In museums like ours, experience appeals to the whole body, with its distinctive features, its desires and different possibilities. Performance is the way contemporary art refers to artistic productions that place the body, its articulation of presence and the temporality of its actions, at the heart of its proposal.
- Collection XIX: Performance
Collection XIX: Performance
Colección XIX: Performance
If there’s one thing that distinguishes contemporary art museums from other cultural institutions, it’s that they are directed towards the bodies of the public. In a traditional museum the experience of art is directed towards the eyes of the spectator: the gaze, as the most noble and intellectual of the senses, which substitutes the whole body, like an euphemism. In museums like ours, experience appeals to the whole body, with its distinctive features, its desires and different possibilities. Performance is the way contemporary art refers to artistic productions that place the body, its articulation of presence and the temporality of its actions, at the heart of its proposal.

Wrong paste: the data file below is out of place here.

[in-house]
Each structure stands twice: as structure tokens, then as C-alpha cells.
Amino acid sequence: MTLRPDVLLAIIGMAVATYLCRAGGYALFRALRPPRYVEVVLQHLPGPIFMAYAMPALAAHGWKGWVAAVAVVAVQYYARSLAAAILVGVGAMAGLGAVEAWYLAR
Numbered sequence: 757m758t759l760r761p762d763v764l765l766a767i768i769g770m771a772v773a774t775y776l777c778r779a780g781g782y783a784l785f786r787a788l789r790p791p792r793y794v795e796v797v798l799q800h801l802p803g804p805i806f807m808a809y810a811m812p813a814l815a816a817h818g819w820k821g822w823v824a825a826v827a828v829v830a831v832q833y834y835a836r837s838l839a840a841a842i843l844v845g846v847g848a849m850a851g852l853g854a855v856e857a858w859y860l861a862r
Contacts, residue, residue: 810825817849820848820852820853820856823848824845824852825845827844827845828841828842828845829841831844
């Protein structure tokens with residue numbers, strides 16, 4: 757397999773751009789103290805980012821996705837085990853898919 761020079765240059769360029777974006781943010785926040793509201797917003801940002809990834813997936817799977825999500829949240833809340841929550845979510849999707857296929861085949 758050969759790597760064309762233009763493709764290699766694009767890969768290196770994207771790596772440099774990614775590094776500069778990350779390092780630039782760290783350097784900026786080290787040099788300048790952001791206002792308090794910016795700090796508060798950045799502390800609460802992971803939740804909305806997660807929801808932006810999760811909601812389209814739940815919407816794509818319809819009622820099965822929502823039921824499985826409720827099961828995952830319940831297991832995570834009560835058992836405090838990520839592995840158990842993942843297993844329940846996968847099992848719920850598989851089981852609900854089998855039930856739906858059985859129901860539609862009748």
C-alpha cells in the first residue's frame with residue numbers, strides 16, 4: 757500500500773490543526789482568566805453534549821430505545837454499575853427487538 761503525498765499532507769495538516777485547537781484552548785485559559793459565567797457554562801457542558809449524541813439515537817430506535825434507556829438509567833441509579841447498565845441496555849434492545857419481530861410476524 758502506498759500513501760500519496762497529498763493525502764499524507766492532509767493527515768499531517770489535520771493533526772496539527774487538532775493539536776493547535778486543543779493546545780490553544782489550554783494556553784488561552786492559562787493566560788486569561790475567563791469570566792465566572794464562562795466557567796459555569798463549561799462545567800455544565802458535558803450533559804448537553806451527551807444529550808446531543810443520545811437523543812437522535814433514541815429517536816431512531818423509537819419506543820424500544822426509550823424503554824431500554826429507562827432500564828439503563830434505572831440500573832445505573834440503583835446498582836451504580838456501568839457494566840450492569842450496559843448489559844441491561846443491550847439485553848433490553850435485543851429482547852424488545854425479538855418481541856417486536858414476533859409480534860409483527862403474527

In the early days, at the end of the 60s, these practices redefined the limits of the body as an artistic medium: violence on the body, bodily fluids as a tool, the relationship of the body represented through the visual tradition of classical art, feminist practices that recover the female nude as an empowered subject rather than passive object, the presence of racialized bodies reclaiming visibility in the public arena through political agency, or even the possibility of the body as an instrument of protest in activism through artistic action. This public history begins with a personal history in this exhibition: the paintings that tell the history of art of action according to Xisco Mensua are a statement of intentions, as they show that when the body is the expressive medium of art, the intimate and private become public to a degree that necessarily projects the body into the political field, into criticism of representation. This is followed by the works by the leading pioneers of global performance art from the CA2M and Fundación ARCO Collections, such as Marina Abramović, John Baldessari, Ana Mendieta, David Hammons or Carolee Schneemann. The first part of this exhibition highlights the need to reach an understanding of how feminist aesthetic practice broke new ground in the use of the body as a battlefield, as well as how minorized groups such as Afro-American artists extended this new territory.